Today was the Sussex Family History Group Annual Conference and AGM at Clair Hall, Haywards Heath, West Sussex. The location and format were the same as previous years; three presentations and a handful of stalls providing a complete contrast to Who Do You Think You Are? Live.
Clair Hall, Haywards Heath, West Sussex
The three presentations were a good mix of subjects:
- Jayne Shrimpton: Understanding and dating old photographs – Although I have attended a couple of her presentations before and have a couple of her books, I never fail to learn something new and to be inspired to get my own photographs sorted and dated.
- Jean Hopkins: Brighton’s Chain Pier – Some excellent historic images and some superb 3D modeling of this long-lost attraction, although the presentation was a little erratic and disjointed with some technical issues.
- Lars Tharp: The Foundling Museum of London – This was an excellent presentation, I have heard about the Foundling Hospital on several occasions, but this talk really showed just how little I really knew. It was a fascinating talk and even after the talk it felt like we had still only scraped the surface of the history of this remarkable institution and the people involved.
Attendance appeared to be down slightly on previous years and despite my fast approaching fortieth birthday it seemed to me that I was still the youngest one there, which was a little surprising (and another contrast to WDYTYA? Live) although something I have got used to over the years. I know there are younger family historians out there, but I wonder where they were today?
Another great conference and I can’t wait for next year when the SFHG marks it’s fortieth birthday, apparently special events are being planned to mark the occasion.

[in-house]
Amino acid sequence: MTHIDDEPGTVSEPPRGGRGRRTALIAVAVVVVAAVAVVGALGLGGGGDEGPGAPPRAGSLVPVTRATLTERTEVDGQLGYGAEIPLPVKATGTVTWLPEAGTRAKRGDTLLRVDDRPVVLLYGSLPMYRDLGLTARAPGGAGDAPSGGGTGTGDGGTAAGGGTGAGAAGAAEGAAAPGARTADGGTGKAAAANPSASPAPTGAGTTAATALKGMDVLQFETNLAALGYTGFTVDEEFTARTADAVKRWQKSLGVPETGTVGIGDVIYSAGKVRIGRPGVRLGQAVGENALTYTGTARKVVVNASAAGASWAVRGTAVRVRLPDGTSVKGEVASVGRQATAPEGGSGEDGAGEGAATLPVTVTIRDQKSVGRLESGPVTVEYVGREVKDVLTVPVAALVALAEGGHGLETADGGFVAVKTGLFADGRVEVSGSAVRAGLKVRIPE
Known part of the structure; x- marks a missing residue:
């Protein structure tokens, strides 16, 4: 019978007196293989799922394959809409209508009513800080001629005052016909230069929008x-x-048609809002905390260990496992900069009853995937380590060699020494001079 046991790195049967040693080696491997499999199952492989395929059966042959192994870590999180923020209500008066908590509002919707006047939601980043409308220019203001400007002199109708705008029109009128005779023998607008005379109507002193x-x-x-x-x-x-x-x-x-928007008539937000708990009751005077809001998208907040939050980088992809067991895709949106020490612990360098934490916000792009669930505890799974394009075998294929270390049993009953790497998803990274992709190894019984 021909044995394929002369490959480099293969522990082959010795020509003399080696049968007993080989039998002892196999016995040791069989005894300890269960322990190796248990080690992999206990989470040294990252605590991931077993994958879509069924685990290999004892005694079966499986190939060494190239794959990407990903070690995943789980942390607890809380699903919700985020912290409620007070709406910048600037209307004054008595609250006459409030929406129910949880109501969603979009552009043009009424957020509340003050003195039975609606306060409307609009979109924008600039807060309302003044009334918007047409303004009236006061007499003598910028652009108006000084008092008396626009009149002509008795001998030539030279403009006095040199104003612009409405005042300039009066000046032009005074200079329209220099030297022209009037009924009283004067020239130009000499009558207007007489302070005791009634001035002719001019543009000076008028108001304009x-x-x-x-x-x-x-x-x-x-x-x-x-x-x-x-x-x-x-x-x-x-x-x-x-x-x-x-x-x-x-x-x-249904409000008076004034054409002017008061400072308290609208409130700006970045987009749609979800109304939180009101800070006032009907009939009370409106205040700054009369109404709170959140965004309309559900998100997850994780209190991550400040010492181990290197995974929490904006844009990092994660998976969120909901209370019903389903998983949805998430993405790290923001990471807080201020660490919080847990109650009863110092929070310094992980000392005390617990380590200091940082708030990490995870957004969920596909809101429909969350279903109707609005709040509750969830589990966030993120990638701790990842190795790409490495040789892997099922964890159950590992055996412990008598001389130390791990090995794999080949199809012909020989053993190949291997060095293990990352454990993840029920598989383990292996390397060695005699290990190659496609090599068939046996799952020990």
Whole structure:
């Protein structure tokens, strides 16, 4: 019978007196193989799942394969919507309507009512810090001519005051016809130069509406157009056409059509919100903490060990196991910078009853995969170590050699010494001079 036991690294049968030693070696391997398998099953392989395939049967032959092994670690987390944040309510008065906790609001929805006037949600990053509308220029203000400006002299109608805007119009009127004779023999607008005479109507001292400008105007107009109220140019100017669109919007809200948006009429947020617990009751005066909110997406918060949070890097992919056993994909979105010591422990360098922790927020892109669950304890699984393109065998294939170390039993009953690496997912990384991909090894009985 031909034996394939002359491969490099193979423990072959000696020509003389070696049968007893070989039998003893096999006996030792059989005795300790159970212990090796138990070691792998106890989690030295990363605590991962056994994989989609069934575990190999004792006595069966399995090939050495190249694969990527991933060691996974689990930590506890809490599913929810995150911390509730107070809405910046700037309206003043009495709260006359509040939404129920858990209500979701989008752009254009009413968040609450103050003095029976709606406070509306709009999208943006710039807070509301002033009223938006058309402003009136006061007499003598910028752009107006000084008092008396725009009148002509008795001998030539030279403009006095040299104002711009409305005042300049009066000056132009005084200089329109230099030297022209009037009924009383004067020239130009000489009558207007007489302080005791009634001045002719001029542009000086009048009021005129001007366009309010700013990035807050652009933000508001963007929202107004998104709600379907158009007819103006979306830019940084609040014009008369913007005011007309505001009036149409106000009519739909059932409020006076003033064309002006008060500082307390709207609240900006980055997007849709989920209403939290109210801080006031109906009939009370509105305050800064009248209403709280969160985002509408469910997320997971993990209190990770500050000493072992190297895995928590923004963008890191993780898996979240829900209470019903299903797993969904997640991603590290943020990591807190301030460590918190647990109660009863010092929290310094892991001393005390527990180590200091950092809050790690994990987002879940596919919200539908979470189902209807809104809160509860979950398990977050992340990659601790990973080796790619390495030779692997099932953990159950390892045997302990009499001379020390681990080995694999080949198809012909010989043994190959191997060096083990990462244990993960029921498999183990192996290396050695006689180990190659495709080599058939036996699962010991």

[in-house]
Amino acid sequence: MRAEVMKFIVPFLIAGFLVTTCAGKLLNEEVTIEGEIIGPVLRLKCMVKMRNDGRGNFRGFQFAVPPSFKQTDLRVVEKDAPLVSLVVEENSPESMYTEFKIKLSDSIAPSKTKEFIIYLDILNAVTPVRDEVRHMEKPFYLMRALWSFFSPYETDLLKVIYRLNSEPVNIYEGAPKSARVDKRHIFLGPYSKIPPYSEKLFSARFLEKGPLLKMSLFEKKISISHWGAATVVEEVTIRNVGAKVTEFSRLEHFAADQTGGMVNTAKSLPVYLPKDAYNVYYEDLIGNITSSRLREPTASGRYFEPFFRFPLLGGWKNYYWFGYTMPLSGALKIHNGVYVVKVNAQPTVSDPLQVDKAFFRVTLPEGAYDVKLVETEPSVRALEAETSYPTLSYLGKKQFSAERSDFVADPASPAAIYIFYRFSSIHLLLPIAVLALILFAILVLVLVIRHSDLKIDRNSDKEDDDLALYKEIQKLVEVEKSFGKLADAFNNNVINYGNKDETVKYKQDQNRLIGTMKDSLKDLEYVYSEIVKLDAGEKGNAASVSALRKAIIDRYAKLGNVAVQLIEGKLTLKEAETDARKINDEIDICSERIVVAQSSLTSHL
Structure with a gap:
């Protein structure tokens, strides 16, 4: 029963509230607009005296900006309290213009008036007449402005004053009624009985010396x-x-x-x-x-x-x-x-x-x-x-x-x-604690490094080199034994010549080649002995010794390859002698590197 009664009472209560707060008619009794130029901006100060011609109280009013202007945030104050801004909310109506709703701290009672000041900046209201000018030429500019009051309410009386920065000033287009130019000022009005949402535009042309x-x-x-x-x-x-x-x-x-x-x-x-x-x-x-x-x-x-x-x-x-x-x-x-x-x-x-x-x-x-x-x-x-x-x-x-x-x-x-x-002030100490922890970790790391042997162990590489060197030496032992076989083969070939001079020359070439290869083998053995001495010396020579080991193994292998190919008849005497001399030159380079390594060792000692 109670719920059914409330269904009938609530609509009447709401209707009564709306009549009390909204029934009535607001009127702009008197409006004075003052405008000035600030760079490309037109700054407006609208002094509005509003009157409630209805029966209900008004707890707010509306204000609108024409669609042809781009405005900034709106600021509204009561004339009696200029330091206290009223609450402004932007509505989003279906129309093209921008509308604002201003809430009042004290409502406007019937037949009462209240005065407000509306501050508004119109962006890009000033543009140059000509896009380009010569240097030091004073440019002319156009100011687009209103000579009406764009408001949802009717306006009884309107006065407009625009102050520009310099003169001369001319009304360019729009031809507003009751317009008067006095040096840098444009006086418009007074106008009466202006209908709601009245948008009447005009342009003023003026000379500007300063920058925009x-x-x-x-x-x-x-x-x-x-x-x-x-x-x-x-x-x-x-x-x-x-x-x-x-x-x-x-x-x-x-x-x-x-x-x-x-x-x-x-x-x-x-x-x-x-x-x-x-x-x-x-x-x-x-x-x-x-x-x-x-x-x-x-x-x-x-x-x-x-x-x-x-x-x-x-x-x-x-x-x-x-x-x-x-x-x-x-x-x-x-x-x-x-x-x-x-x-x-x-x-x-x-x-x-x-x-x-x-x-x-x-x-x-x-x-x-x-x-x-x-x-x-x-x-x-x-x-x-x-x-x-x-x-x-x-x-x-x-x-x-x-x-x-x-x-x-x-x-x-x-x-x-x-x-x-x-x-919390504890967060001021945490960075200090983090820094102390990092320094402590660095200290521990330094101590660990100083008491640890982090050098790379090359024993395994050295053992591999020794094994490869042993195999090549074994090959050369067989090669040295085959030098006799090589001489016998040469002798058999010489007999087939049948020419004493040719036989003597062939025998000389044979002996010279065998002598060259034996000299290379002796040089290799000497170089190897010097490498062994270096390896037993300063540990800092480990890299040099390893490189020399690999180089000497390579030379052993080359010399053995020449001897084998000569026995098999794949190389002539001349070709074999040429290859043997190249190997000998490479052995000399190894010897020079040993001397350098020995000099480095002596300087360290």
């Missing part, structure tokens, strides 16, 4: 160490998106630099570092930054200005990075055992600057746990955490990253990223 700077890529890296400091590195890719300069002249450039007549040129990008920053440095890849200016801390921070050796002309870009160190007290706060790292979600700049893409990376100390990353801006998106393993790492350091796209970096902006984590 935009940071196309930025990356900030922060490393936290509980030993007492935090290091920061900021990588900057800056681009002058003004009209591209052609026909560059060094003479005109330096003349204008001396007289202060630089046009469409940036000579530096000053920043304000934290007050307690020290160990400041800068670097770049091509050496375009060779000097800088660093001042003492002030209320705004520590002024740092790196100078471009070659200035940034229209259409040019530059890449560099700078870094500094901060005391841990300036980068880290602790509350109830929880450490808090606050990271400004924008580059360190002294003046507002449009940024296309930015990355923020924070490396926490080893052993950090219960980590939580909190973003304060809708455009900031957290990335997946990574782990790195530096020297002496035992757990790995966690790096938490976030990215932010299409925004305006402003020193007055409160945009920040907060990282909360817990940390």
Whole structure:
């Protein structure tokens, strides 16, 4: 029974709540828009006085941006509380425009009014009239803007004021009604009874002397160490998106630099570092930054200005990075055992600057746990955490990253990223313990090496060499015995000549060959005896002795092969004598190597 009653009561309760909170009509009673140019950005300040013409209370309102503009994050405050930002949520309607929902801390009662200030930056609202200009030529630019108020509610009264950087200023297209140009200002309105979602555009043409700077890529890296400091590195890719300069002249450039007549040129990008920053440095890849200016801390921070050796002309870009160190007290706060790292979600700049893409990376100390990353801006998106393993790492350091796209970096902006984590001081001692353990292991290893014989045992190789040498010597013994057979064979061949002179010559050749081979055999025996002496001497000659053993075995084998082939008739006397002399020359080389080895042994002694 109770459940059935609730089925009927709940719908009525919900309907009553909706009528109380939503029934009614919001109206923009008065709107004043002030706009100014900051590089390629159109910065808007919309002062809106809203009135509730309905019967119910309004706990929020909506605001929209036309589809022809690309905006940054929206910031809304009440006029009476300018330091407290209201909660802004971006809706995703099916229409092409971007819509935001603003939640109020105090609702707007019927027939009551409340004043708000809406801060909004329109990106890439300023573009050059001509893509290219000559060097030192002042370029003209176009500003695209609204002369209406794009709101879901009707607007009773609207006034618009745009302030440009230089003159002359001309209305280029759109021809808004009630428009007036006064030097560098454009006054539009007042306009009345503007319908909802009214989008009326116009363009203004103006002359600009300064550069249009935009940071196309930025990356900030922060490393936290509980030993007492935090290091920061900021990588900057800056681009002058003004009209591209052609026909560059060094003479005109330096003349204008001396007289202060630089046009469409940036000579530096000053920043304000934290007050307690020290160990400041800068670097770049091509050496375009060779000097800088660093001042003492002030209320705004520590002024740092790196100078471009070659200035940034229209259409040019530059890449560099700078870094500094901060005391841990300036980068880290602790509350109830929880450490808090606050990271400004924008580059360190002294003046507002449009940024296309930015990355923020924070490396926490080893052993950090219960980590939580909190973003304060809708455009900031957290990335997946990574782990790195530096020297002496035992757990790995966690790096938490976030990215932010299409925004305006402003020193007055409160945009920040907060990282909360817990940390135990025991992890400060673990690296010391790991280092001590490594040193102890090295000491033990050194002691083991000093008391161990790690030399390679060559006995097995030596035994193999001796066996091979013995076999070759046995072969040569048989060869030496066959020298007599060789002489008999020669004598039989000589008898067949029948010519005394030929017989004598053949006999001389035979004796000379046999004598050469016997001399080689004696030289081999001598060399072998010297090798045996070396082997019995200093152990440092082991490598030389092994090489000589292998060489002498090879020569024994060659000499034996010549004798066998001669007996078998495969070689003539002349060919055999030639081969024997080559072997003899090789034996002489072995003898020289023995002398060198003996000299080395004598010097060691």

It has been a glorious day, the sun shone on Worthing, Sussex and much family and local history was to be found at Field Place in Durrington.
There were only a small selection of stands at the Sussex Family History Society’s Family and Local History Day, but it has to be remembered that it was only a small local event. There were several groups and organisations which are not usually to be found at family history fairs along, with some more familiar faces (see the SFHG website for more details).
Despite the glorious weather outside it appeared to have been well attended and the car park was already full by the time I arrived (on foot) about 11am. Naturally I headed straight for the two postcards dealers in attendance, but only came away with two postcards, one of which was only bought because it brought a smile to my face and for that reason alone deserved to be in my collection.
I didn’t really have time to attend any of the talks or hang around to see the miniature stream engines because I had left my wife shopping in Worthing and couldn’t afford to leave her alone too long. Although I am a fine one to talk because as well as the two postcards I came away with four new data CDs from the Parish Register Transcription Society.
Around lunchtime I headed back to central Worthing to catch up with my wife and have something to eat. The promenade at Worthing was pretty busy with people out enjoying the sunshine, although there were not many people actually on the beach and I don’t think we saw a single person brave enough to set foot in the water. It may have been warm and sunny on dry land, but I bet the water was still pretty cold.
To make up for the lack of a family history fair at Worthing this year (see my post on last year’s fair) the Sussex Family History Group have organised a Family and Local History Day to take its place.
The event takes place on Sunday 17th April 2011 between 10.00am and 4.30pm at Field Place in Durrington on the outskirts of Worthing, West Sussex (see the map below). It is conveniently located five minutes walk from Durrington-on-Sea railway station, alternatively there is apparently free car parking and probably on one or two bus routes as well.
Entrance is free but there is a charge for tickets for the talks (£2 per talk), which brings us on to what is actually going on during the day. There are a selection of stalls from family history societies, local record offices and other related organisations as well as a few commercial stalls selling family history material and a couple of postcard dealers.